Fact 1: Apache / *nix is a far more common hosting platform than IIS / Windows

      Fact 2: Perl comes automatically installed on most if not all *nix and *nix-like OSes

      Opinion: It looks to me like you're talking nonsense. You say you sell perl scripts, and that perl scripts running on IIS are running into infinite loops and causing problems. Would these scripts happen to be yours? If so (and this is conjecture - not fact) then the problem would not seem to be perl or IIS.

        This is the reason why the problem isn't being resolved. Ignorance and denial in the Perl community

        "Downvoted due to being Just Plain Wrong." - Likewise.
        "What evidence do you have that this is *the* issue preventing people from installing perl on Windows?" - 5 years experience talking to many different windows hosts about why they won't install Perl.
        Feel free to contact them yourself. Meeting many people and E-business networking events and being asked about why Perl is such a problem on Win32. To these people this is a big deal, and why they do not choose Perl. Business people not choosing Perl is a problem.
        "internet apps" - As in website applications. Scripts. Bind, Apache are obviously done in C. But last time I looked Apache wasn't a script that ran on apache - get the drift? Same goes for Bind, etc. What percentage of CGI Scripts are coded in C & Python put together? I'll give you a clue <1%

        quote - "Fact 1: Apache / *nix is a far more common hosting platform than IIS / Windows
        Fact 2: Perl comes automatically installed on most if not all *nix and *nix-like OSes"
        Trees are also green and the sky is blue. This is irrelevent to the issue.
        No MY scripts are not running into infinate loops on IIS. I heavily test all my scripts and include failsafes on all routines that might possibly cause an infinite loop if errourness data is input.
        YES there are hundreds a new Perl programmers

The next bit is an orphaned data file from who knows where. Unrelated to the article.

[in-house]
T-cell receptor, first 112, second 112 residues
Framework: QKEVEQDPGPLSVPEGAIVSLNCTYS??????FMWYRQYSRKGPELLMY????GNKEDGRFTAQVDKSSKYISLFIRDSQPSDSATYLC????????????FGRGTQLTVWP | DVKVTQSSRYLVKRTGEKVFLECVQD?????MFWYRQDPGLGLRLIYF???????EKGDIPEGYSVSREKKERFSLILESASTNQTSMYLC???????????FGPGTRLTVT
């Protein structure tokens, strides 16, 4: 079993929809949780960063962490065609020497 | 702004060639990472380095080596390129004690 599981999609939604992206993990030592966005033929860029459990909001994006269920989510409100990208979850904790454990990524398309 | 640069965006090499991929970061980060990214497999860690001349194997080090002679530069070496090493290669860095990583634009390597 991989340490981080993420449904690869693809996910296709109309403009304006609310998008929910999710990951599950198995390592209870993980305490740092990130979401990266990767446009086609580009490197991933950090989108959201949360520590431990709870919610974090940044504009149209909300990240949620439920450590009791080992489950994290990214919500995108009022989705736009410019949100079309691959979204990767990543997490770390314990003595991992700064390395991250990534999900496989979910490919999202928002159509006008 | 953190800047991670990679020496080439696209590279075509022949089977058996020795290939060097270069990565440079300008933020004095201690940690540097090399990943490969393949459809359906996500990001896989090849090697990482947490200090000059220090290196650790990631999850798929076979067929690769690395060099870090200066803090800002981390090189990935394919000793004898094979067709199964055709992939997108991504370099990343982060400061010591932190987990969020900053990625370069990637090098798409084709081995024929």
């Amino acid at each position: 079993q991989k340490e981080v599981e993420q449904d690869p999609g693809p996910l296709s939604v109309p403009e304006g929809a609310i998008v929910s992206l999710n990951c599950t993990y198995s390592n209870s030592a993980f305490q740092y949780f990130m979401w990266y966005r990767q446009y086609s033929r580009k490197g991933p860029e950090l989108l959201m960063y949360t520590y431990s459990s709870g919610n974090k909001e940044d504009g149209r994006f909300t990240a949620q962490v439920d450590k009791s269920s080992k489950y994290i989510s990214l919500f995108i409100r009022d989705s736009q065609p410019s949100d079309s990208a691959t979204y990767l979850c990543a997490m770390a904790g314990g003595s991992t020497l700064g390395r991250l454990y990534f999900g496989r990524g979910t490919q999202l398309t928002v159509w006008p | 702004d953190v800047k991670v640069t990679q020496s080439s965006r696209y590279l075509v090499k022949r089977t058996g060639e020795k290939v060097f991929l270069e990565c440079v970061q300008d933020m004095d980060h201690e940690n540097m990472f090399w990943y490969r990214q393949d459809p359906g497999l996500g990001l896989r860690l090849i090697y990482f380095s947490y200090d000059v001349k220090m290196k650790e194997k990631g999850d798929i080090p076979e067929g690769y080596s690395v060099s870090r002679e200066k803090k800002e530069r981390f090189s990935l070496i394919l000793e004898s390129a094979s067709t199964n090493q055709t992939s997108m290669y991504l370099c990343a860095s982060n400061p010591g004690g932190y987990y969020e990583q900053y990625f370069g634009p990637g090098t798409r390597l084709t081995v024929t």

YES their scripts will create infinate loops while they are still learning and debugging.
        YES there are thousands of Perl scripts avilable to download and install
        YES many of this scripst will have bugs
        YES some of them will generate infinate loops
        YES this will cause the outlined problems with Perl on Win32
        NO I'm not saying this isn't an error in their perl scripts causing the infinite loops
        NO this doesn't stop the fact that it's happening, and that it will continue to happen until some failsafe is put in place.

        Here is some sample code for those of you that want to see this error in action. It's purposefully designed to create the problem

        alarm 30; $|=1; ## Choose operating system BEGIN { if (($^O eq 'MSWin32') || defined($ENV{'OS'})) { $operatingsystem = 0; $operatingsystemoldnt = 0; $systempath = "$ENV{'PATH_TRANSLATED'}"; $systempath =~ s/(\\[a-z0-9]*\.pl)$//g; unless ($systempath) { $systempath = "$ENV{'SCRIPT_FILENAME'}"; $systempath =~ s/(\/[a-z0-9]*\.pl)$//g; } ## End unless # $operatingsystemoldnt = 1; # $slash = '\\'; $slash = '/'; } ## End if else { $operatingsystem = 1; $systempath = "$ENV{'SCRIPT_FILENAME'}"; $systempath =~ s/(\/[a-z0-9]*\.pl)$//g; if ($systempath =~ /cgiwrap/) { $systempath = "$ENV{'PATH_TRANSLATED'}"; $systempath =~ s/(\/[a-z0-9]*\.pl)$//g; } ## End if $slash = '/'; } ## End else ## $systempath = "systempath to your folder"; ## Enter the correct val +ue and un-comment this if you are having system path detection proble +ms push (@INC, "$systempath"); } ## End BEGI print "Content-type:text/html\n\n"; ## Directory navigator $directorypath = "c:/"; my @directories; my @variables; my $directoryname = 1; push (@directories,"$directorypath"); until ($directoryname eq "rerasfsdfsdfsdf") { $directoryname = shift (@directories); chomp($directoryname); opendir(CURRENTDIR, "$directoryname"); @dirfiles = readdir (CURRENTDIR); closedir(CURRENTDIR); foreach $filename (@dirfiles) { chomp($filename); unless ($filename eq "." || $filename eq "..") { if (-d "$directoryname/$filename") { push (@directories,"$directoryname/$filename"); print "$directoryname/$filename\n"; } ## End if } ## End unless } ## End loop } ## End loop